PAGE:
Small wonders put new twist on old tradition
Today we are so technologically-minded we can hardly remember a world where everything was not accessible at the click of a mouse, where a desired item was not instantly purchasable online, but took days,weeks, months to create.
Yet scarcely two or three generations back, it was the way we all lived. If you wanted something — be it a field cleared or a coat mended — you did it yourself. If you were an artist, a craftworker, you spent long hours at your easel or workbench, creating something of beauty. Ireland was renowned for its exquisite crafts, and many a household relied on the income brought in by the making of lace. Among the treasures lost on that last ill-fated voyage of the Titanic were handmade Irish lace blouses, purchased in Cobh on the ship’s final call. They would be priceless today.
In an age, though, when we can see comparatively inexpensive machine-made versions in any huge department store, should the painstaking and time-consuming traditional craft of handmade Irish lace be forgotten, or at least consigned to the realm of gentle hobbywork? One doughty Irish artist doesn’t think so. Recently, Beara-based artist Fiona Harrington has been making considerable waves in the age-old world of lacemaking, showing how an old craft can be combined with new ideas, creating stunningly different visual pieces.
Ms Harrington, who graduated in fine art painting from the Crawford in Cork in 2001, spent a decade living and painting both in Beara and in New Zealand. Her work was exhibited extensively, and purchased by many private collectors as well as by public bodies.
Nevertheless, lacework was in her blood. “My mother was a lacemaker and she came from a long line of hand weavers and needle workers. That surely affected my choice when I went to the National College of Art and Design in Dublin.” Finding that the course she intended to take was full, she opted for textile design instead. And that, says Harrington, changed her entire outlook. “I chose the history of Irish lace, completing my studies at the Kenmare Lace and Design Centre. When I graduated in 2013, I was the only person in the country to specialise in handmade Irish lace.”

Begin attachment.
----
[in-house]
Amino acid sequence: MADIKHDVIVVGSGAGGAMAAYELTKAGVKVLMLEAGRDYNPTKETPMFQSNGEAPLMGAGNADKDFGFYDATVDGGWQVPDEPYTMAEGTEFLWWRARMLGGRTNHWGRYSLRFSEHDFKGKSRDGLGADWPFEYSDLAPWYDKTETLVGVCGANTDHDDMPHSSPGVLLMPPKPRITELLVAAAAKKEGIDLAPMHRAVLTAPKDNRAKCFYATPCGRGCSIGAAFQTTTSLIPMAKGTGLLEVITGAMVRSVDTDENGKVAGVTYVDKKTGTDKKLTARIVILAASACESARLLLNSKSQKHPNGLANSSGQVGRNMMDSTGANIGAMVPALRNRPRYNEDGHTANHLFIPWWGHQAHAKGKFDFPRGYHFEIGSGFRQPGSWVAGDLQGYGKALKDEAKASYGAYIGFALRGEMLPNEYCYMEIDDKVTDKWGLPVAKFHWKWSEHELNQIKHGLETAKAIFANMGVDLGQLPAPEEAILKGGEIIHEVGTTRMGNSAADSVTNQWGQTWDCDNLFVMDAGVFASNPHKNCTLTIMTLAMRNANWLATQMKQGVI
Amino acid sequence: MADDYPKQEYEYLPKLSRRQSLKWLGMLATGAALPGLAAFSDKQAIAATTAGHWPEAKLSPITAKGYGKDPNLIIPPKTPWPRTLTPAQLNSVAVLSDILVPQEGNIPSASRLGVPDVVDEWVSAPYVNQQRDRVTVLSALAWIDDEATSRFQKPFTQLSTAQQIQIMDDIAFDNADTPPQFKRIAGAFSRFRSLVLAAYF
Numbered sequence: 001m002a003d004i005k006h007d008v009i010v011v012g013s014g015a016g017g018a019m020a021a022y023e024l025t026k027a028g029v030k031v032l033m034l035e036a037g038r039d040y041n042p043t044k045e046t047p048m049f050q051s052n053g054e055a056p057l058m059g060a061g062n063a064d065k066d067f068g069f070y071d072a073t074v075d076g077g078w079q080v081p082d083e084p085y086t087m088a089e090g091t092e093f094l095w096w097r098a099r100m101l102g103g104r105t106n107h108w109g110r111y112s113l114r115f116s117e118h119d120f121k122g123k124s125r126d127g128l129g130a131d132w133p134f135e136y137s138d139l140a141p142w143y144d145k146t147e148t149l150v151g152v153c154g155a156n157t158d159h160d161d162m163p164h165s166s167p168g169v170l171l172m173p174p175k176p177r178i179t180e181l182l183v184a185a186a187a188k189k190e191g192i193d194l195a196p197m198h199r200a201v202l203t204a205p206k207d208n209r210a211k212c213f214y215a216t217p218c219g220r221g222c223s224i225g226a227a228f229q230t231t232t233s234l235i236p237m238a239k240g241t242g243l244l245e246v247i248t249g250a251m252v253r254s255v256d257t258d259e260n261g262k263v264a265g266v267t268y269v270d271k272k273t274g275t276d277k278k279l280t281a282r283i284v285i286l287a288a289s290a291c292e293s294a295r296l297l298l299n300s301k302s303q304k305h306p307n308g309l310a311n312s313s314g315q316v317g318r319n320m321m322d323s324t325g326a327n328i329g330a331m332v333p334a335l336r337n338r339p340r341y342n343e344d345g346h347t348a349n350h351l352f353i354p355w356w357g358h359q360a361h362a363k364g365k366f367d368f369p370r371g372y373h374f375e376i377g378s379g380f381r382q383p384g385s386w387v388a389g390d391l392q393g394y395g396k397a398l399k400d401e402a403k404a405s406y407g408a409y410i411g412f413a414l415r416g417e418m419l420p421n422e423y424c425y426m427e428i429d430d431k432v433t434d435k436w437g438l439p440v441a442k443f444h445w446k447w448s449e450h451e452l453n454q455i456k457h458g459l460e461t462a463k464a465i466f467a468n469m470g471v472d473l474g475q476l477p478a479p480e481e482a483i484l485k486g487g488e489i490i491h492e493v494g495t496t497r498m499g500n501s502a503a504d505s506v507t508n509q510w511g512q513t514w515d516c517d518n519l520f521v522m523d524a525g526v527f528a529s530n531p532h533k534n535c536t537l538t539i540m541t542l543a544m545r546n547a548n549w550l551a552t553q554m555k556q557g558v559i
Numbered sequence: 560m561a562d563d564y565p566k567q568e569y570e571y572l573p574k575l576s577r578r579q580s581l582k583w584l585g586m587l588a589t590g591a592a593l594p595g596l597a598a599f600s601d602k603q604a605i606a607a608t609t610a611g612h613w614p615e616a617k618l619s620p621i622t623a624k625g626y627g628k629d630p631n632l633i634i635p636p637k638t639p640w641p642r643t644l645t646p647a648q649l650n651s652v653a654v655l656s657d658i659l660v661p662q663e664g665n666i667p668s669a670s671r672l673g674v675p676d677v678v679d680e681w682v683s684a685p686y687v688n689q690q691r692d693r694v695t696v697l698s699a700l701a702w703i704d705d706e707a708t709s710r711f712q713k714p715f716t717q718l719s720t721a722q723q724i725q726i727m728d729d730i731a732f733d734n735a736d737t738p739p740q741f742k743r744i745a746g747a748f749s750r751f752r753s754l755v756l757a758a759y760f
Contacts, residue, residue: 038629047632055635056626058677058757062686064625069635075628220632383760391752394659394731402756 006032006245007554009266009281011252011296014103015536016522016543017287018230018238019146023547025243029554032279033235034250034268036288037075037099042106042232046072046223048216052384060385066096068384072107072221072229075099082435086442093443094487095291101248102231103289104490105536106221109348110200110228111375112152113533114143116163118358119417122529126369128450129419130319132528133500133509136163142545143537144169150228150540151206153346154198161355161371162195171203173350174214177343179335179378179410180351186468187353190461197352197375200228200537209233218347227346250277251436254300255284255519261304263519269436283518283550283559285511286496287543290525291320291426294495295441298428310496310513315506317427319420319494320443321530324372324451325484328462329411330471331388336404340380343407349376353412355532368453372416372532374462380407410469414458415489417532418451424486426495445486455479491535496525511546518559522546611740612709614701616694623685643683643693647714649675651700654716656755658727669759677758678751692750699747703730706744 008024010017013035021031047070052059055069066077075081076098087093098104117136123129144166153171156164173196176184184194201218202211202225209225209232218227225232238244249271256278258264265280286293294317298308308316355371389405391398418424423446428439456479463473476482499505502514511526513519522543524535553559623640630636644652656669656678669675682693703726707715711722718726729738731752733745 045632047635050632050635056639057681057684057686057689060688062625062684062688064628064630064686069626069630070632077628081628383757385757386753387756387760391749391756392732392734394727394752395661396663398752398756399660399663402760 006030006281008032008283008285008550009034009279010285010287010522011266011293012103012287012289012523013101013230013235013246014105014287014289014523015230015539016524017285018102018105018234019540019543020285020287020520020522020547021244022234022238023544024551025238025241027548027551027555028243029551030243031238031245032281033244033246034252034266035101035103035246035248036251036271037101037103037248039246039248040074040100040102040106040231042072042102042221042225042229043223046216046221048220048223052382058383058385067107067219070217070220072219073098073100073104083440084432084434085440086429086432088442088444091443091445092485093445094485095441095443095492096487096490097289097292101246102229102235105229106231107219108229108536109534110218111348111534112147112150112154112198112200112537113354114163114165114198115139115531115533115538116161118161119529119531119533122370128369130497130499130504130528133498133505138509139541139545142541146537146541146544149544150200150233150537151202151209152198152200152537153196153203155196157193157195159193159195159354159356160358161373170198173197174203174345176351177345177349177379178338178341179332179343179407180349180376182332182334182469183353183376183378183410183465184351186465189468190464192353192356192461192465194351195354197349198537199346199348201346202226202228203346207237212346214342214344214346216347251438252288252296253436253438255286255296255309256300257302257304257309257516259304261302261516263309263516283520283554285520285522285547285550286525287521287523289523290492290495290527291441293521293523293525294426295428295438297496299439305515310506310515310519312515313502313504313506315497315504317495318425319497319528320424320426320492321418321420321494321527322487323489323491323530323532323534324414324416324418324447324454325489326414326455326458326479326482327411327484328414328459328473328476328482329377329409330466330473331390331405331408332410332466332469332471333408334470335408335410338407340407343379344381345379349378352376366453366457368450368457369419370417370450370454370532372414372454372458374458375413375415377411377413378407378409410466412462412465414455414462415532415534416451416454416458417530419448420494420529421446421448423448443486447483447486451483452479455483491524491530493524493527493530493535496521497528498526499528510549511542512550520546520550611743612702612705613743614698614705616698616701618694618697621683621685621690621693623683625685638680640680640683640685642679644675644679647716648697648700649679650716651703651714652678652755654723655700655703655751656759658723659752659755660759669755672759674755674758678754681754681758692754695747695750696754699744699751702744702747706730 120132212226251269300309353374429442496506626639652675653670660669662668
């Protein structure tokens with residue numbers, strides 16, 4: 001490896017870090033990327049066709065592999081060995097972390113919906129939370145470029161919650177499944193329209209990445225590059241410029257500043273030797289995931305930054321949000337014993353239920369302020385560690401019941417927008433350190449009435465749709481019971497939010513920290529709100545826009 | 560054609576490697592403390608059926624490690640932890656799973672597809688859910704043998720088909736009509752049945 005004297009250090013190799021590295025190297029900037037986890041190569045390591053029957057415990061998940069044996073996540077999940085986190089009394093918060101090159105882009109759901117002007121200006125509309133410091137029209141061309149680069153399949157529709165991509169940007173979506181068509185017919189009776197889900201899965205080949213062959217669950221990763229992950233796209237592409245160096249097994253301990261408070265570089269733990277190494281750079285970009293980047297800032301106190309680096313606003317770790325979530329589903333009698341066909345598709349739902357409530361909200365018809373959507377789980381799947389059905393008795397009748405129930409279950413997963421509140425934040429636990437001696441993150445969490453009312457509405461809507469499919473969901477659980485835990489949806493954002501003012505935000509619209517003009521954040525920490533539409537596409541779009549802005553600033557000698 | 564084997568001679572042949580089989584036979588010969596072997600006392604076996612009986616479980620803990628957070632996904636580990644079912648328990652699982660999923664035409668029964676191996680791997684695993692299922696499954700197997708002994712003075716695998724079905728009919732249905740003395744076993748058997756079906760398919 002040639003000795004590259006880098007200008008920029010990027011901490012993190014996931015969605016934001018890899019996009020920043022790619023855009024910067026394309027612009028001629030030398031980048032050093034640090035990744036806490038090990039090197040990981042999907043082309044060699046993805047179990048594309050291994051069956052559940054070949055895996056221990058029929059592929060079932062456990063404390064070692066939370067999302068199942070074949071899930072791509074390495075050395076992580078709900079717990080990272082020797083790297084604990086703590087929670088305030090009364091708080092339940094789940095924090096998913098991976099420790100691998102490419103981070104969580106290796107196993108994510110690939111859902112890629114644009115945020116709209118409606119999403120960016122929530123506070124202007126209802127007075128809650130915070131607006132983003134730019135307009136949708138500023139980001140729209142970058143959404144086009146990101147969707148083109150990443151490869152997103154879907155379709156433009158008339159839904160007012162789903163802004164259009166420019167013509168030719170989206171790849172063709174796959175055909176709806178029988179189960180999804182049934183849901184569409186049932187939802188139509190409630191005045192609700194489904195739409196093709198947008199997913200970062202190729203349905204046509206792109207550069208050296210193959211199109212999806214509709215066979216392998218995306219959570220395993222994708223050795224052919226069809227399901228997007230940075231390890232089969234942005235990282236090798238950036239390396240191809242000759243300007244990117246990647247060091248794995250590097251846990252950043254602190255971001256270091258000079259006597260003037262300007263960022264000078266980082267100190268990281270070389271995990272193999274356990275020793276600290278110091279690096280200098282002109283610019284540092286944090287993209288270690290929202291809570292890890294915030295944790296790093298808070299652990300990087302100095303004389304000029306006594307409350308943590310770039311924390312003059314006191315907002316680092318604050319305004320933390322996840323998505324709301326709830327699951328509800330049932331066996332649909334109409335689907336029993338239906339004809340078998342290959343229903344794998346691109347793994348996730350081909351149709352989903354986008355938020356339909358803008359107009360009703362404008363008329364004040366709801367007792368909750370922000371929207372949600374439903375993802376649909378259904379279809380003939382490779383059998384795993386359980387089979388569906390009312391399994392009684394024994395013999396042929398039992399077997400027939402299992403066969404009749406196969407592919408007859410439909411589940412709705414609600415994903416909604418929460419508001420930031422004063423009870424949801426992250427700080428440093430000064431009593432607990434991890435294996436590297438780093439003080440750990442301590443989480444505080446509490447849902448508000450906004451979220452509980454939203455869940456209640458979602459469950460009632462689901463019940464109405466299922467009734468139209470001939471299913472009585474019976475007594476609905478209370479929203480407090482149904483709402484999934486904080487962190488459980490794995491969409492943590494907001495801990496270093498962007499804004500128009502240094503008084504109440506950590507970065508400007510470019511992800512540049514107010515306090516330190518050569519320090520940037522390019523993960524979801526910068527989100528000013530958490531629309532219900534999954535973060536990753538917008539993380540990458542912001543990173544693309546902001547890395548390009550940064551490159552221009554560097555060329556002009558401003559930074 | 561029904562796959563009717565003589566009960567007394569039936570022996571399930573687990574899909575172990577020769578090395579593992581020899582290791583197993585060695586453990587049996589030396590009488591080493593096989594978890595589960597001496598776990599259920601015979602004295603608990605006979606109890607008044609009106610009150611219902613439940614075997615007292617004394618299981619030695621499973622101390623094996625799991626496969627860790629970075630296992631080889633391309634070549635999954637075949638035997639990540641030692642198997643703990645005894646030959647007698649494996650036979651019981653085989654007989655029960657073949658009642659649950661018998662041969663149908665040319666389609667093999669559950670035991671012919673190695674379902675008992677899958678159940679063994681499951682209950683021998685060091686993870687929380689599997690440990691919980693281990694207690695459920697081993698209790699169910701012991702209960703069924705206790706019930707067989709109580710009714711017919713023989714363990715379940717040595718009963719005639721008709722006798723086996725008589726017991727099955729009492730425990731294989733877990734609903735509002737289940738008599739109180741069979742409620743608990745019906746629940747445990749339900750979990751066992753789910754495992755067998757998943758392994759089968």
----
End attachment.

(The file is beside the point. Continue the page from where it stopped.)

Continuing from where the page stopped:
Her creative instinct saw how both her skills could be combined to create something entirely new. And it worked. In 2013 she won the prestigious RDS Graduate Prize and this year, first prize in the lace category and the Eleanor De La Branchardiere award for innovative lace design, both at the National Craft Awards in Dublin. This was for a unique miniature piece which encapsulated the rugged West Cork coastline in a myriad different lace patterns. “It was what I always saw from my window, the different textures in the fields, the hedges, the cliffs, and I worked out how to recapture that in the stitchery.” The finely-worked piece, tiny yet so detailed, is a truly amazing work of art.
The little pictures hanging on the wall in her studio almost leap off into your hands, begging to be taken home. A tiny lost lamb, a magical miniature Irish oak tree, a splendid fox — all set in misty backgrounds which demonstrate clearly the artist’s grasp of presentation.
“I don’t want our proud tradition to be forgotten. I see this as a way to develop it, to carry it on,” says Harrington.
-[url=www.fionaharrington.com/]. Her new collections can be seen at The Sarah Walker Gallery in Castletownbere, Co Cork, and Cleo in Kenmare, Co Kerry.
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WEST CORK LACE DESIGNER WINS RDS CRAFT AWARDS COMPETITION
by Stephen Johnson
EYERIES lace designer and artist Fiona Harrington has won the Lace Category Prize — the Eleanor De La Branchardière Award worth €1,200 — for her piece “Deserted Cottage” at the Royal Dublin Show National Crafts Awards Competition.
Fiona’s work combines Carrickmacross and Kenmare needlepoint lace techniques, using both traditional and unconventional approaches to lace.
Fiona studied lacemaking at the Kenmare Lace Centre, where a strong tradition of lacemaking exists. It was introduced to the Town in 1861 by the Poor Clare nuns as a mean of creating employment and industryafter the Great Famine.
Dating back almost 200 years, Carrickmacross is the oldest of Irish laces. Using sapplique and cut-away techniques, this style of lace is native to Co. Monaghan.
Recognised as a “pure lace”, Kenmare needlepoint is produced using only a needle and thread — thread as fine as a human hair.
The two techniques are intricate and highly complex, requiring hours of focused concentration.
Fiona’s studio overlooks the Atlantic Ocean on the Beara Peninsula between the village of Eyeries and Castletownbere.
In an interview at her studio with the West Cork Times, Fiona said that her work is inspired by the landscape of West Cork. “As a child, I spent much of my time in West Cork, roaming through fields and exploring the wonders of the countryside.”
Source: West Cork times